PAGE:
Chronic Conditions - Key Activity 5


Expand Clinic Hours Outside of a Typical Work Day


This key activity involves all seven elements of person-centered population-based care: address social needs.


Clinics may take many approaches to provide person-centered access to care. A potentially transformative approach is to offer appointment times outside the typical workday. For example, you may choose to offer appointments at early morning hours or evening hours at your clinic a couple of days a week, as needed.

Telehealth technology may also be used to supplement and provide flexible hours, since staff may be more able or willing to work early or late hours from their homes.

Patients need accessible healthcare to ensure that they have access to care that meets their needs. Many health center patients work one or more jobs and often have limited time to attend medical visits during what are considered typical business hours. Flexible clinic hours can expand patients’ access to care and could be a good match for staff preferences as they balance work and life responsibilities.

Beyond flexibility, practices should try to be compliant with the California Department of Managed Health Care’s timely access standards for appointment availability. All licensed California managed care plans (MCPs) are accountable for providing this level of access to their members; they annually monitor their contracted primary and specialty providers on these standards. Moreover, Federally Qualified Health Centers (FQHCs) also need to be in compliance with the Health Resources and Services Administration’s requirements for hours of operation, which generally means providing extended hours.

Incorporating patient preferences for expanded clinic hours is a strategy to foster equitable health outcomes through expanded access to care. Patients and families with low income or shift work may have very little flexibility with their working hours and multiple competing priorities for their time. Consider providing increased late afternoon and evening access on weekdays to accommodate higher numbers of visits during after-school and after-work hours. Additionally, consider providing weekend hours, such as limited Saturday morning to early afternoon hours.

This population also may face multiple other obstacles to participating in regularly scheduled preventive care visits that are important to learn about, including a need for medical interpreter services for non-English-speaking patients. Of note, the California Department of Managed Health Care and DHCS mandate that medical interpreter services be available when needed during all appointments.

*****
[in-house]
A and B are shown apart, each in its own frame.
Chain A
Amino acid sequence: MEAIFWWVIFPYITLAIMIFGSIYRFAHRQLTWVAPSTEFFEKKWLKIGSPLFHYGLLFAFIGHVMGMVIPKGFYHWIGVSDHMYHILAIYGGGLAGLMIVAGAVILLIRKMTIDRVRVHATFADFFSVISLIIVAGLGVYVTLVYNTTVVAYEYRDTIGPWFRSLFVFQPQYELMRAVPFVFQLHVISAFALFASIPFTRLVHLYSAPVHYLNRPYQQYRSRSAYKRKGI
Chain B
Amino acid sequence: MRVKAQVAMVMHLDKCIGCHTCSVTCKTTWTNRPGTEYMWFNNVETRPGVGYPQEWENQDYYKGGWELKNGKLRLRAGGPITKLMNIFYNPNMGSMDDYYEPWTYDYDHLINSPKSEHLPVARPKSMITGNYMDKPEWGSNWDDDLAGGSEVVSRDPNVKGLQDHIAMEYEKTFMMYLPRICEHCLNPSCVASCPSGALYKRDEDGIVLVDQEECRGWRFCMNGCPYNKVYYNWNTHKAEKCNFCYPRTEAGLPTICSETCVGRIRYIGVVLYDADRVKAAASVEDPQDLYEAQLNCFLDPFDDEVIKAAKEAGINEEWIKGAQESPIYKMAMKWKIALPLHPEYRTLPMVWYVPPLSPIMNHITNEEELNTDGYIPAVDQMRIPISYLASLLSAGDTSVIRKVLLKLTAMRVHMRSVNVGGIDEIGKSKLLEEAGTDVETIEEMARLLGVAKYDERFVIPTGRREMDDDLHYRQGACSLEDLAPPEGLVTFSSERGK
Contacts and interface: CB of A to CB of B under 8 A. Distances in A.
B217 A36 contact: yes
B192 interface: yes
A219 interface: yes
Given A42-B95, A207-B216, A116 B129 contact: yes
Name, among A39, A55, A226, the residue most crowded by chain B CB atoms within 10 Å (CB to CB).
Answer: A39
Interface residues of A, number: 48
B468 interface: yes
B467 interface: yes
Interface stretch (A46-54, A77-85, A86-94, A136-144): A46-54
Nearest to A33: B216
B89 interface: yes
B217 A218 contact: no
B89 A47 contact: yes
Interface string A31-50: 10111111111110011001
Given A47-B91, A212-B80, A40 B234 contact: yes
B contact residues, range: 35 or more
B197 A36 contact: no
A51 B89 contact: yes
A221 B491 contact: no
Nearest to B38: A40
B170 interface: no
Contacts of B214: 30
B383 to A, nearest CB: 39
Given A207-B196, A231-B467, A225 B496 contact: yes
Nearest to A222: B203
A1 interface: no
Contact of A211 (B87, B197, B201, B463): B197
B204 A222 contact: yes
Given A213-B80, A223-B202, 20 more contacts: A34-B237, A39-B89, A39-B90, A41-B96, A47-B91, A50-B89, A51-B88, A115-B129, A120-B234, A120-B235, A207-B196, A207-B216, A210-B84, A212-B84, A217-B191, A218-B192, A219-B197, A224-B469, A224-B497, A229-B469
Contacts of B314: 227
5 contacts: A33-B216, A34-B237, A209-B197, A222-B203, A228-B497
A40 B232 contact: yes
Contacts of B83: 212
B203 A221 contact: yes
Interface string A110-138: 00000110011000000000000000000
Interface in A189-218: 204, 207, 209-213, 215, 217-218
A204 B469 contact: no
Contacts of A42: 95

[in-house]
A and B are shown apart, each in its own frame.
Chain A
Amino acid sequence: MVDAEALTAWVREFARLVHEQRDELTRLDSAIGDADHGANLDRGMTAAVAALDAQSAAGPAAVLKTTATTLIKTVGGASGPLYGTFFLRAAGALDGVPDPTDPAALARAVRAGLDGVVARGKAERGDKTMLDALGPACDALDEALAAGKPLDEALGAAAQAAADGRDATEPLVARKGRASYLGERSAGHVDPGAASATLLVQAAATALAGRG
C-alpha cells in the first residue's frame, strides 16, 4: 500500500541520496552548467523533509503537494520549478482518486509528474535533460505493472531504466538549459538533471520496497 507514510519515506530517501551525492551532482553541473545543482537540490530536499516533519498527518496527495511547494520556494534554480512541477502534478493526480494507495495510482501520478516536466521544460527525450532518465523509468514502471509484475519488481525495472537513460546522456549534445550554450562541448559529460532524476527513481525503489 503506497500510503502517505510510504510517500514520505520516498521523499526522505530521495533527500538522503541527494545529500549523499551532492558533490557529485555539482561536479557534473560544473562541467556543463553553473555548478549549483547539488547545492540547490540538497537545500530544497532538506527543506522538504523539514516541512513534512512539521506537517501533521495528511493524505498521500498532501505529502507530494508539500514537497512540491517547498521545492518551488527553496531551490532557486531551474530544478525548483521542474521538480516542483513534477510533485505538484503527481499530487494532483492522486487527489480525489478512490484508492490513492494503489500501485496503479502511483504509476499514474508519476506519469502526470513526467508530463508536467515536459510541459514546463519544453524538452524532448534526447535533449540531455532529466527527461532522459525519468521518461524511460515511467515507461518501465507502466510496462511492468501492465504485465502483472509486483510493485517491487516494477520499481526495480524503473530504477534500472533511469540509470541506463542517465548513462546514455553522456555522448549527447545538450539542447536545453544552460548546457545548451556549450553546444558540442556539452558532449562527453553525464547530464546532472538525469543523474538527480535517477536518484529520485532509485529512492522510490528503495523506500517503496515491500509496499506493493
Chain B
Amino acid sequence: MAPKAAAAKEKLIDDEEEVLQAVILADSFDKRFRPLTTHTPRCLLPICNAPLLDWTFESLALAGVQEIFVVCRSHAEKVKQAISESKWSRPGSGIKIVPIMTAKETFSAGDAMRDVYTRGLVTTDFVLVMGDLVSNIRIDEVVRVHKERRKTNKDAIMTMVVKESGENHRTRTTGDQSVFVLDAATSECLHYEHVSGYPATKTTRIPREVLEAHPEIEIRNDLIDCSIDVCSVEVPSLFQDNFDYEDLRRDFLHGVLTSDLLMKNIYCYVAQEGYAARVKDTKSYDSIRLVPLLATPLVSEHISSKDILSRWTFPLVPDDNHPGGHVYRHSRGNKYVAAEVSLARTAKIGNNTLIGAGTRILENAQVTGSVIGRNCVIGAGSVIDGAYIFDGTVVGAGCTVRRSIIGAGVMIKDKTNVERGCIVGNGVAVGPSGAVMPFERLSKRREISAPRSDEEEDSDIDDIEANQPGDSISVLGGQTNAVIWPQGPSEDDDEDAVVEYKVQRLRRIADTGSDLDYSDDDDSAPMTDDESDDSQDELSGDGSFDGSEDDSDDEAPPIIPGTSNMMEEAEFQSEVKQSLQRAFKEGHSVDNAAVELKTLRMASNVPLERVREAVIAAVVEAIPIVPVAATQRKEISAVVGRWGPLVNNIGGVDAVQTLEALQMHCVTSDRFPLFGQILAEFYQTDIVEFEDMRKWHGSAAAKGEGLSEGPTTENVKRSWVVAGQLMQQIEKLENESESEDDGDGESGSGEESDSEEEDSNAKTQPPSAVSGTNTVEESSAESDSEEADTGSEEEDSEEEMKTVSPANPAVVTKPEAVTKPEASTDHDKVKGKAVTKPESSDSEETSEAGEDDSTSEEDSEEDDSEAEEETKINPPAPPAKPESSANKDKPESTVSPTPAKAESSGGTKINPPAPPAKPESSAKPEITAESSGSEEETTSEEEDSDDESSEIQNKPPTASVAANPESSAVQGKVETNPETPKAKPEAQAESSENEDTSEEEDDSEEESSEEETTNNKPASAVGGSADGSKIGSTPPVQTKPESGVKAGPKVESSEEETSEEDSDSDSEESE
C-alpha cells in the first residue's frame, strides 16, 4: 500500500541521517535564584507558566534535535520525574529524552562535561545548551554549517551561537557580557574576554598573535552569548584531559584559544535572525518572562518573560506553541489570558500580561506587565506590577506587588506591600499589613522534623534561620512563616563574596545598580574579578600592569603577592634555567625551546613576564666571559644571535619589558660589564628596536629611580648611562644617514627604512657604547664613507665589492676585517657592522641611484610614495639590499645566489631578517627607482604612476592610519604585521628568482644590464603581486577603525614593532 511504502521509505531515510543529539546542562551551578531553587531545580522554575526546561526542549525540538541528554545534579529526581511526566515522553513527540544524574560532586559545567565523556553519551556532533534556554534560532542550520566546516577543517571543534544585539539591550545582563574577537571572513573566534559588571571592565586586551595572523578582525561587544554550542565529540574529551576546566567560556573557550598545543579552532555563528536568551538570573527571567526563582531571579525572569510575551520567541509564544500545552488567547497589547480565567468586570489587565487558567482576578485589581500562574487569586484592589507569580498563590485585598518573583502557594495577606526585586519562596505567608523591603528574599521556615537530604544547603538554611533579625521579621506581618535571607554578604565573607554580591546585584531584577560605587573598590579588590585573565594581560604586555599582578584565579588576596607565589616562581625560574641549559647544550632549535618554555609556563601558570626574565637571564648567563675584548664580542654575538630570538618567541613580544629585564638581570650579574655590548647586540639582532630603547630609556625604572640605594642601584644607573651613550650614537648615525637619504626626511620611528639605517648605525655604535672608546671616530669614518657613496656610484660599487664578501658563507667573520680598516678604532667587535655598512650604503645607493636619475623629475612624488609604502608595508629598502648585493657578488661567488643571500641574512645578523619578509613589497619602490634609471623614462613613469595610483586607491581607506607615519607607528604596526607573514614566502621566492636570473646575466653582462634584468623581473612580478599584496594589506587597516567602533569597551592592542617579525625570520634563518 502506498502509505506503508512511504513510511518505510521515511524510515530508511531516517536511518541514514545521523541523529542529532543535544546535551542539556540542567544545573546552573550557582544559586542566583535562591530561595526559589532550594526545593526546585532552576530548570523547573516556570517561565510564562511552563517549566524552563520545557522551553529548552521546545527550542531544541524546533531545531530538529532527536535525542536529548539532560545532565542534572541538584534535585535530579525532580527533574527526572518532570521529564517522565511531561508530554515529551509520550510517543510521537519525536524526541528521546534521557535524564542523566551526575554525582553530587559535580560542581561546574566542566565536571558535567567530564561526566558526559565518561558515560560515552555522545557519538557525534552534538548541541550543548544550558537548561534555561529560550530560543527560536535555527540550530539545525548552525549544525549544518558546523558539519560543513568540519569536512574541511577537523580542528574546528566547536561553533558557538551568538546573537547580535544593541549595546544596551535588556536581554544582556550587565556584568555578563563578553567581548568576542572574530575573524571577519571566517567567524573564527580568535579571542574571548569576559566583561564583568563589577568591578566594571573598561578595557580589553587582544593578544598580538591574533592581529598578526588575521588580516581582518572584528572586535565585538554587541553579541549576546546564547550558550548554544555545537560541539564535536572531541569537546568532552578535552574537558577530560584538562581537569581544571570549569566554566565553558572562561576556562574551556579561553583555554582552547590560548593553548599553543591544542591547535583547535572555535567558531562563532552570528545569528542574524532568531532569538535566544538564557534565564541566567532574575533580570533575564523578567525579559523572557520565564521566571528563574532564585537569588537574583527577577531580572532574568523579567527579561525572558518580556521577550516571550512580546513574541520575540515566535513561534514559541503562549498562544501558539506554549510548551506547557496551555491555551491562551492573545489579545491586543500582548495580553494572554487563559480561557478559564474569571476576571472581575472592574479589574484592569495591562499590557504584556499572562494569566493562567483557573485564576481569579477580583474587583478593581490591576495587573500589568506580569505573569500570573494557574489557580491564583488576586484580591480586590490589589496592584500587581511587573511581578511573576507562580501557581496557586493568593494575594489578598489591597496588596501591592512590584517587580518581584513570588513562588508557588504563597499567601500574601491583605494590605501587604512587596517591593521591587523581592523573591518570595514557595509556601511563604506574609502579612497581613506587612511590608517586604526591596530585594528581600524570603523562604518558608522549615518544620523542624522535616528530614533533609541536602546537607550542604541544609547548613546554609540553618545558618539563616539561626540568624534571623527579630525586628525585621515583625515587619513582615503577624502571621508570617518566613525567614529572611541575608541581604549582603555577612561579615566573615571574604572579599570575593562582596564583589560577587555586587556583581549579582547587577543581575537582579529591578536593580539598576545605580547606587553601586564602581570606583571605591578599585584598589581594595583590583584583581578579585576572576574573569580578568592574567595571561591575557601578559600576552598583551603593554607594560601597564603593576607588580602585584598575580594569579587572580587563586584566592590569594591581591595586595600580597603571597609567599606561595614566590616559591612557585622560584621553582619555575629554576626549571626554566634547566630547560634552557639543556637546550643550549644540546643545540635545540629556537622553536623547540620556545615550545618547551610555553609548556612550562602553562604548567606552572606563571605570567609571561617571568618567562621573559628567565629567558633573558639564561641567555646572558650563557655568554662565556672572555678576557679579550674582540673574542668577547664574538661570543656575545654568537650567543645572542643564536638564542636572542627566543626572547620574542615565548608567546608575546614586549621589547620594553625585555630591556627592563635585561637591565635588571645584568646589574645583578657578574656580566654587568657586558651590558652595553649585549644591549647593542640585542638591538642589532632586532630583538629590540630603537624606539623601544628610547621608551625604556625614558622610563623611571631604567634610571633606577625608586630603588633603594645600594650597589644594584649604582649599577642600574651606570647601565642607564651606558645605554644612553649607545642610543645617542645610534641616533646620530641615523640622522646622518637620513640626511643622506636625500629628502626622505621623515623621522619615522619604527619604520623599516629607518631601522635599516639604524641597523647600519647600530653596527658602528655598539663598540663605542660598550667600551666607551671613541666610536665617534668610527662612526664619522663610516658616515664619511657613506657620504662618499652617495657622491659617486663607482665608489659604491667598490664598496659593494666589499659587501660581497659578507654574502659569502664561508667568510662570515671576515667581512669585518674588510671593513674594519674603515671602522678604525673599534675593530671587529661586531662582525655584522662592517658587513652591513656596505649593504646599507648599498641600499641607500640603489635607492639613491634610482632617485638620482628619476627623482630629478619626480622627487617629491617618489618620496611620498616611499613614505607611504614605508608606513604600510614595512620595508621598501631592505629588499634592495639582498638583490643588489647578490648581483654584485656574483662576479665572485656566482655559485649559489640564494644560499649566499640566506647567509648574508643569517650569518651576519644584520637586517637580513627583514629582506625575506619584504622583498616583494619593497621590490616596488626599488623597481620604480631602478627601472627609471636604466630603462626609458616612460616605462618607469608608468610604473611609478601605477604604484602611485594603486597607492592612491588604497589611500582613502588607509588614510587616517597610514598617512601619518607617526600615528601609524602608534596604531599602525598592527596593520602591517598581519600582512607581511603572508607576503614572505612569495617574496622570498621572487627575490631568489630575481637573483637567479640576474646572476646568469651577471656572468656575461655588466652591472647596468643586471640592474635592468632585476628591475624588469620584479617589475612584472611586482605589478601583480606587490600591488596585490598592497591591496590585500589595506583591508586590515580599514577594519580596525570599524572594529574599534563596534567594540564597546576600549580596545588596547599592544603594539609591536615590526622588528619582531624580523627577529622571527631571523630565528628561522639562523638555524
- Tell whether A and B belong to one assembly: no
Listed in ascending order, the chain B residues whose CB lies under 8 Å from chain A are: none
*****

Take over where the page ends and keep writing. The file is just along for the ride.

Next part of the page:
Action steps and roles

1. Review current clinic operating hours and available data on missed appointments.

Suggested team member(s) responsible: director or QI lead.

The practices’ data manager or QI lead should stratify the data on hypertension and diabetes management to identify groups of patients who are not meeting goals. The data should be filtered by patient demographics to identify subpopulations who are having difficulties keeping appointments in the current schedule.


2. Learn patient preferences about clinic hours.

Suggested team member(s) responsible: staff member.

Practice leadership should identify a staff member or peer leader to reach out to patients and learn the challenges patients have in keeping their appointments. This person should ask open-ended questions about patient preferences for accessing care. Consider asking specific questions about times that would be most convenient for the patient.


3. Query staff to learn their preferences about working hours.

Suggested team member(s) responsible: human resources or clinic leadership.

Clinic leadership or human resources staff may query the staff team along similar lines, asking their preferences about working hours and if current hours may be causing barriers to patients who are attempting to access care.


4. Test flexible clinic hours.

Suggested team member(s) responsible: director.

Review what you learned and run a small-scale test, scheduling patients to fill slots in one or two shifts of the preferred flexible clinic hours. Continue testing different time slots until the team is satisfied that you have learned as much as you need to designate an expanded clinic schedule. Be aware that this step may need to be repeated at intervals to gauge emerging preferences of patients and staff.


5. Designate an expanded clinic schedule and track the results.

Suggested team member(s) responsible: director, human resources and QI lead.

Practices should implement a clinic schedule that incorporates the most-attended appointment windows. Schedule staff time based on staff preferences, and partner with staff to foster a healthy work-life balance. The QI lead should review the rate of kept appointments during the extended hours and compare them to the rate of kept appointments during usual business hours.

For additional interventions to improve appointment access, consider open access scheduling and/or same-day appointments using a similar careful testing and implementation approach.